How you can run effective meetings
Imagine a world where you are known as the person who knows how to run effective meetings. Where your work colleagues and staff actually want to attend your meetings.
There is a buzz about your meetings. They are events that people simply cannot afford to miss. And when someone does miss out, they hurt.
This is a world where you are the corporate rockstar and your meetings are your sellout concerts.
This may sound utopian, but hell yeah, why not? Work can be too serious too often, with meetings in the corporate word being the butt of many jokes.
Meetings are often synonymous with time wasting, achieving nothing, boredom, big-noting, arse-covering and pontification.
So let me break it down for you now. The what to do’s and not to do’s of meetings, with one condition;
I will focus on the not-so-obvious stuff. The stuff that may not necessarily be politically correct, but it will be effective, meaning you and your meeting management is effective.
Your key takeaways from this article will be
- Simple and subtle strategies for minimising meeting time and maximising meeting effectiveness
- How to avoid being caught in meetings that offer little value to either yourself or the other attendees
- Knowing when you just need to “suck it up” and proceed with a meeting
1. The best meetings are the ones that don’t happen
The first strategy is to avoid meetings as much as possible. Just don’t call them
Apply the “I grew up in a small town” rule where people just did a drop-by and visited each other.
No planning, no appointment necessary. You would drive by their place and if their car was in the driveway you would just pop-in and say Hi.
You were always welcomed.
Meaningful conversations and relationships were formed.
In the business world this can take the form of a 5-10 minute drop-by desk side conversation. The tea room or a nearby coffee shop also works, but they take more time, usually between 30mins-60mins, and your prospect may not have been able to afford that sort of unplanned interruption.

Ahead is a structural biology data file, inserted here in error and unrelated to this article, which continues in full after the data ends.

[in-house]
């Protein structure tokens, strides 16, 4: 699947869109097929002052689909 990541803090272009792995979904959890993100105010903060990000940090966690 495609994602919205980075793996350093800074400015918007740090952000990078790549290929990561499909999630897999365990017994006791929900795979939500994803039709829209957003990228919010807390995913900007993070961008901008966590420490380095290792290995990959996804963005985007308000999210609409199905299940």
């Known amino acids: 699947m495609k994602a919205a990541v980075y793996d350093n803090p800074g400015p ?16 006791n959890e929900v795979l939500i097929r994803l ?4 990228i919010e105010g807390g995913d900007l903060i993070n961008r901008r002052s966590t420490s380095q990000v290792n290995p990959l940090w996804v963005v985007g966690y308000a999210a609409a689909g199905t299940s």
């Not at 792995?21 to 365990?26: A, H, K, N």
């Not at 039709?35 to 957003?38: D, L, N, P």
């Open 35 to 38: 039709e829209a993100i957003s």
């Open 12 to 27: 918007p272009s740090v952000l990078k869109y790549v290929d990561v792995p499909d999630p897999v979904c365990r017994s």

So why do it this way?
The best meetings are the ones where the decisions have been made before the meeting.
This requires one-on-one time so hustle the floor and make that happen. If this is done well, then (formal) meetings can often be avoided.
If you need to call everyone together to collectively endorse a decision or outwork a plan, the meeting should be faster and more effective, because 95% of the conversations have already been had.
So, don’t use meetings as the single path (aka shortcut) to a decision.
If you avoid calling meetings as your starting point, people will love you for it. Busy people like this outcome so don’t build your reputation as “that meeting guy/gal”.
People will begin to avoid you like the plague.
2. Keeping it Fresh
If you have locked in the decision to run a meeting, ensure your meetings are memorable (for the right reasons).
The functional stuff when preparing and running a meeting is well documented in this excellent article eg: set an agenda, define a purpose, keep to time, take minutes, assign actions, review actions etc.
These are the necessary but boring parts of organising and running a meeting.
To make a meeting truly effective and memorable, you need to step outside your comfort zone and consider spicing up your meetings with an x-factor or two.